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Practical Techie: E-waste is turning into another environmental menace

When electronic products end their useful life, they become digital trash. This debris is best known for its popular name of e-waste. The dump may include computer consoles, television sets, VCRs, stereos, copiers, routers, a fax machine, and even a few smartphones that have gone brain dead.

But it’s not only digital products that add garbage to the e-cemetery. There are air conditioner equipment, vending machines, freezers or fridges, and LED bulbs. Throw in washing machines, vacuum cleaners, irons, blenders, and electronic fryers. Now, even discarded solar panels.

Too bad because many gadgets can and should be refurbished, updated, recycled, and reused. In 2021, the world’s population discarded 57 million tons of e-waste, as estimated by the Columbia Climate School. Only 20% of that was recycled. Why is e-waste a menace?

TOXICS — There are really no graveyards for gadgets and wherever they are dumped there is e-waste pollution. When broken or obsolete electronics are thrown into landfills, they emanate toxic chemicals that leak to soil and water. These substances include lead and mercury. Also, heavy metals such as gold, silver, copper, platinum, aluminum, and cobalt.

Contamination in the air occurs when e-waste dismantled, shredded, or melted, releasing dust particles or toxins such as dioxins into the environment. Five tons of e-waste would come from about 183 computers. The World Health Organization (WHO) warns that the disposal and processing of e-waste can cause a range of adverse child health impacts including changes in lung function, DNA damage, and increased risk of chronic illnesses such as cancer and cardiovascular disease later in life. It gets worse when industrialized countries dump their waste and dirty technologies on developing countries with few or no safeguards.

RECYCLE — Recycling e-waste cuts down on chemical emissions. Twice fold because when manufacturers use recycled materials to make new products, they require less energy than if they used brand new materials. Reducing the carbon print. Consumers, on the other hand, should give unwanted electronics to certified e-wase recyclers. Sadly, there are not enough formal collection schemes for e-waste products in Puerto Rico.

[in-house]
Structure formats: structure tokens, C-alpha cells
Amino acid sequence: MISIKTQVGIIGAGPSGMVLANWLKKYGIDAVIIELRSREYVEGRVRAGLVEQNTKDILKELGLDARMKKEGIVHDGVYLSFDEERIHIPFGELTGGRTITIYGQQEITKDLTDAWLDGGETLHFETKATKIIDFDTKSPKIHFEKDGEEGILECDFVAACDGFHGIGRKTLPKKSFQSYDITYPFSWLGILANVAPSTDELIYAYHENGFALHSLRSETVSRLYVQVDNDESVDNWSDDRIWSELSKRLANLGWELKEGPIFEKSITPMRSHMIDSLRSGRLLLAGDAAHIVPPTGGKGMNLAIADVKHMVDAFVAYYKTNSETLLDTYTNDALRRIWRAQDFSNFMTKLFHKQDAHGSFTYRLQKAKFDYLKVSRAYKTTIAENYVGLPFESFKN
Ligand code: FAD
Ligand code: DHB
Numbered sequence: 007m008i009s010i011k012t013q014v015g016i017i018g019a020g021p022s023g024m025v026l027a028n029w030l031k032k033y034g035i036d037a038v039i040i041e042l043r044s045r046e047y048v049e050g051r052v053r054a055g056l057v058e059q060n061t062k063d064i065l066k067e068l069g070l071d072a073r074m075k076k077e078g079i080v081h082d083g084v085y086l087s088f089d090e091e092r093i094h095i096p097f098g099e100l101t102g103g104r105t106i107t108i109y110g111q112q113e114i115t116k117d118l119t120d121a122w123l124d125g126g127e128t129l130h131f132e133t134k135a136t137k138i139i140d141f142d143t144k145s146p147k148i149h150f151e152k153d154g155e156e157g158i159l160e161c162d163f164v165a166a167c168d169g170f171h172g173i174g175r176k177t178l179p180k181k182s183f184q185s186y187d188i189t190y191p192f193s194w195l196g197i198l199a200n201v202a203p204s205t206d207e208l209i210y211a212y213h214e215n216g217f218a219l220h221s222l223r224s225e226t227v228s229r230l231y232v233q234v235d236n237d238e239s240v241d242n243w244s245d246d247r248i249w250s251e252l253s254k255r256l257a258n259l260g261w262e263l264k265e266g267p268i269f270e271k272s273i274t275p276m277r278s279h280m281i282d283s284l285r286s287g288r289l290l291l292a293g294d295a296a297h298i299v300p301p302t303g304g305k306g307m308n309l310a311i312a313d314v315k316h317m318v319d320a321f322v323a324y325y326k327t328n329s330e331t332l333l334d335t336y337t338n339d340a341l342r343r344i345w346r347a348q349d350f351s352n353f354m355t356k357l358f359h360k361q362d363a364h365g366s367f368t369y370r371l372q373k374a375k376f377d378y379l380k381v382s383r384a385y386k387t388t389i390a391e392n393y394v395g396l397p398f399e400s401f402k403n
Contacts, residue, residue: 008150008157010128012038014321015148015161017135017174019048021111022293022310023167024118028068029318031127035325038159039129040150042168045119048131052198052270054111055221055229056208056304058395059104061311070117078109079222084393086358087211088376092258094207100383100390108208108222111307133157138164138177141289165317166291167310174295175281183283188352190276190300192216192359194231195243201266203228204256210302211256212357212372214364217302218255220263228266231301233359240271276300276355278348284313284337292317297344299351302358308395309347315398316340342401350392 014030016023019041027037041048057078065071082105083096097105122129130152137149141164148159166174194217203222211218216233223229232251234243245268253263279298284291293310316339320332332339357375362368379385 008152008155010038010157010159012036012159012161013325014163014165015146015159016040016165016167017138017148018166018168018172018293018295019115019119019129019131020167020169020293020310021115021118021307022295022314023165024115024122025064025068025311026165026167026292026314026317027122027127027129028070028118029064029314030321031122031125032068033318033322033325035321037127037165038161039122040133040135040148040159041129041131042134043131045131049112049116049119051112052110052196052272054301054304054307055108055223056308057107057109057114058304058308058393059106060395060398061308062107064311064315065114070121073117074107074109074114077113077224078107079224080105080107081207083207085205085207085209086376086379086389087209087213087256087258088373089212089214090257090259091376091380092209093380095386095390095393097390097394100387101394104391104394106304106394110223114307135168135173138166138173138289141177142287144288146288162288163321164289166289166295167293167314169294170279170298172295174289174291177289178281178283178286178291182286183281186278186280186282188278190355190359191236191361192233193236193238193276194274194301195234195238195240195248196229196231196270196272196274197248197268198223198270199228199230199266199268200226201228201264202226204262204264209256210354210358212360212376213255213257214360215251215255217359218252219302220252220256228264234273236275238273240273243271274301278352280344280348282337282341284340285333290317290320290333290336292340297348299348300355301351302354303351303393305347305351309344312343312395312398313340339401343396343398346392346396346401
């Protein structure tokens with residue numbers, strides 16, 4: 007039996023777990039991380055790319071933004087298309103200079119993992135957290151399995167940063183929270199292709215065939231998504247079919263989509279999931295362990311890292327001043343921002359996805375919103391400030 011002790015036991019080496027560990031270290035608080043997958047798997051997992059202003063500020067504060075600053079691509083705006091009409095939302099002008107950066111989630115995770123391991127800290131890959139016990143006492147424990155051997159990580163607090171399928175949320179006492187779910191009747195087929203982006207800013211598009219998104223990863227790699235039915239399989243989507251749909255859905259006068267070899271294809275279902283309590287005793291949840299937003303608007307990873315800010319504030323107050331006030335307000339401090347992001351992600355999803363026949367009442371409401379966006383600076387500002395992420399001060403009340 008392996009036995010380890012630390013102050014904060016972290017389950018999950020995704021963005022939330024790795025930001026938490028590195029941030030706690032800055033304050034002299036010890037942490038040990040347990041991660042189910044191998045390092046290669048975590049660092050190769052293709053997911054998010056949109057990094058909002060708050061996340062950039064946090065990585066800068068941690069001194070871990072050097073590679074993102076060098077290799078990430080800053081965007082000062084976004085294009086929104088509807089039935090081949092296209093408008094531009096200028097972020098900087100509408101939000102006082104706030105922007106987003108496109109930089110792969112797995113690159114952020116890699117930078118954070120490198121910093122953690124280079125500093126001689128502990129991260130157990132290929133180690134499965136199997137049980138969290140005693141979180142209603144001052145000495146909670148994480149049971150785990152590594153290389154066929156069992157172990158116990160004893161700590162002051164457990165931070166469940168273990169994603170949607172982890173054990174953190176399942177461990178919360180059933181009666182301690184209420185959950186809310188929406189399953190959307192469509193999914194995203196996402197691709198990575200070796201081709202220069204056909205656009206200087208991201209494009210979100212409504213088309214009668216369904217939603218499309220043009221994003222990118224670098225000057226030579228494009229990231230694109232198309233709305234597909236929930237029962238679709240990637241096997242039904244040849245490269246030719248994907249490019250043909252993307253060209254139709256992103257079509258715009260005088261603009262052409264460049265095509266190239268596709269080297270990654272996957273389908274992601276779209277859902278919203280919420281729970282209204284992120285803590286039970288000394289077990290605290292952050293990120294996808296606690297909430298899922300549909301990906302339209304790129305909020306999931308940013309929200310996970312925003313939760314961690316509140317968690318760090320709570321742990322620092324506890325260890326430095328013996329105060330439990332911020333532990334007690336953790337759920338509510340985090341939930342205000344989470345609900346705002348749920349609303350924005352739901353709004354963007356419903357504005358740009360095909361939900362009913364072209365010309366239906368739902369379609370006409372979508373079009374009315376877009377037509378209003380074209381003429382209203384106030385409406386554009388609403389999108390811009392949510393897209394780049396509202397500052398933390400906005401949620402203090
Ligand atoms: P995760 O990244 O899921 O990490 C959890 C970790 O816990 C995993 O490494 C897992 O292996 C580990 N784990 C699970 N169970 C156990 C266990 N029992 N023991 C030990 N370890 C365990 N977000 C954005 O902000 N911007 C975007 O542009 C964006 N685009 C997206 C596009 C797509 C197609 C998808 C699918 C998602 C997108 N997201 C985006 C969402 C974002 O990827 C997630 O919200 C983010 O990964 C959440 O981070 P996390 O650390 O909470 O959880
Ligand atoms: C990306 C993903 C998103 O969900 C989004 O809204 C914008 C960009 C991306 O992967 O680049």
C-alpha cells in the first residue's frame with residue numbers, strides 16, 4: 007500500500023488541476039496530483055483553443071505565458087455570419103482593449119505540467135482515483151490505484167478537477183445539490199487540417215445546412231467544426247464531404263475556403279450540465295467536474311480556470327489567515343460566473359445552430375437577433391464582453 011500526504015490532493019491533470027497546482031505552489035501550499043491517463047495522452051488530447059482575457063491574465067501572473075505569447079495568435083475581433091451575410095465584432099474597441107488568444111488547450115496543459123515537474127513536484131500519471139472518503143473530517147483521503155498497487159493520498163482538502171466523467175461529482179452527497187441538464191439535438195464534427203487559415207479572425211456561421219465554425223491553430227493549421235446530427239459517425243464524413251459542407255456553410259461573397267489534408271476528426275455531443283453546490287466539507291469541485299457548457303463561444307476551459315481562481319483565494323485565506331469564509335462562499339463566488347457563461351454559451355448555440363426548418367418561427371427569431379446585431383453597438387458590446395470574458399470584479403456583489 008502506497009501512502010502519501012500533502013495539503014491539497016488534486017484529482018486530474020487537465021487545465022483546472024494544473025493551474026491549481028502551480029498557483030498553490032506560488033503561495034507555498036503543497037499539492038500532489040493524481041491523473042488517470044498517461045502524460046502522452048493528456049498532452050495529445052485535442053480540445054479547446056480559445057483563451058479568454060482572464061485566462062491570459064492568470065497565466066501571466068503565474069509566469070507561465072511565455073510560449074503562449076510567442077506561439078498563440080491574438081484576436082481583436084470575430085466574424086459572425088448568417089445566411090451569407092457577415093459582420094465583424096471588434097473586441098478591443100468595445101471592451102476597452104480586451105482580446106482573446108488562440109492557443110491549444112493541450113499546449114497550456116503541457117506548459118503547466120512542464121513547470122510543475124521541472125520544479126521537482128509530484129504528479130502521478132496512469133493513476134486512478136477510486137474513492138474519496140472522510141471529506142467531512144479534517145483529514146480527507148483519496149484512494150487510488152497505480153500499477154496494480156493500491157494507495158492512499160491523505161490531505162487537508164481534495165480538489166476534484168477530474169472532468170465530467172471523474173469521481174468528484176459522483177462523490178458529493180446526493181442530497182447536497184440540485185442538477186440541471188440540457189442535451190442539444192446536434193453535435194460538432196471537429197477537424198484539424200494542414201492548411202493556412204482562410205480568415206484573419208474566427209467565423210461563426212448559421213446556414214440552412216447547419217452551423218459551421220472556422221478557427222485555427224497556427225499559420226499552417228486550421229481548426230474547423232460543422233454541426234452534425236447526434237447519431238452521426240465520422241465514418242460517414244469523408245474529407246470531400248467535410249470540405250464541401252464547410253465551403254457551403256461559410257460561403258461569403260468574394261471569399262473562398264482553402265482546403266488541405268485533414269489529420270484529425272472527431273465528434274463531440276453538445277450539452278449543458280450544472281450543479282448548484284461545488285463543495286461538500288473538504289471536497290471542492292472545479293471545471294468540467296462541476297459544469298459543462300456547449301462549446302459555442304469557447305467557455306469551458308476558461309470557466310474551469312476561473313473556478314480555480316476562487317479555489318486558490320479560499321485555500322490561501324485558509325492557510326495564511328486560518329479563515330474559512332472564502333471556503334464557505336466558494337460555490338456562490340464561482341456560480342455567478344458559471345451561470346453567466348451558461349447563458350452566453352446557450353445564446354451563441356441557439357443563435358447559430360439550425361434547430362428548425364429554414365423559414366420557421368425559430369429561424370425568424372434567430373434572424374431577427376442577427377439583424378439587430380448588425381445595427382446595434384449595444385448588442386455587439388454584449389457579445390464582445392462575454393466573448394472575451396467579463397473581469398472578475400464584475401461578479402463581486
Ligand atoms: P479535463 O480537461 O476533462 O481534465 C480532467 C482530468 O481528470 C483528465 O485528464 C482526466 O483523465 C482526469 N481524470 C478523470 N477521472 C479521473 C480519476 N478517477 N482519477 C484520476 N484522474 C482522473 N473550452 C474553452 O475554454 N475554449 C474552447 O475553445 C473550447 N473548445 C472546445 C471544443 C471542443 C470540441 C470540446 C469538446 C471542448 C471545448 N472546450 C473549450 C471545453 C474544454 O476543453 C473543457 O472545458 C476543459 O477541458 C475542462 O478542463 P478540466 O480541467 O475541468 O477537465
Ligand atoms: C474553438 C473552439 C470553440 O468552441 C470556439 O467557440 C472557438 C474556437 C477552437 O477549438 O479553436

Usually, the collection only occurs through informal collectors such as homeless amblers. These peddlers collect disposed appliances from end users and sell them to traders. The European Union is meeting the problem head-on when it approved in 2022, laws requiring all phones and electronics to use a standard e-charger for phone devices. This limits how many wires the average consumer will own. US lawmakers are urged to follow suit.

SOLUTIONS — The life span of devices is getting shorter as many products will be thrown away once their batteries die to be quickly replaced with new appliances. Solutions should begin in societies that manufacture and have a high use rate of new technologies. One way is to produce devices with a longer life span. Consumers should then try to buy environmentally friendly electronics, opt to extend the life of the equipment, and reuse large electronic items. Also, buy environmentally friendly electronics. Goods made from recycled materials use less water, create less pollution, and require less energy. Practicing reuse also reduces the need for landfills in the first place.

WASTEBIZ — The slogan in the electronics ecosystem is “innovate or die,” says tech guru Catherine Thorbecke. Companies intentionally plan the obsolescence of their goods by updating the design or software and discontinuing support for older models so that it is usually cheaper and easier to buy a new product than to repair an old one. As a kudo, e-waste businesses de provide employment and generate revenue that stimulates the economy and fortunately, the e-waste recycling enterprise isn’t going anywhere soon.

The income produced by this industry reached $49.4 billion by 2020. Many smartphone manufacturers are jumping into the mix. Apple and Samsung launched their self-service repair stores by offering parts for users for do-it-yourself fixes. Google similarly promised parts for repairing its Pixel phones.

Author Details
Author Rafael Matos is a veteran journalist, a professor of digital narratives and university mentor. He may be contacted at cccrafael@gmail.com.

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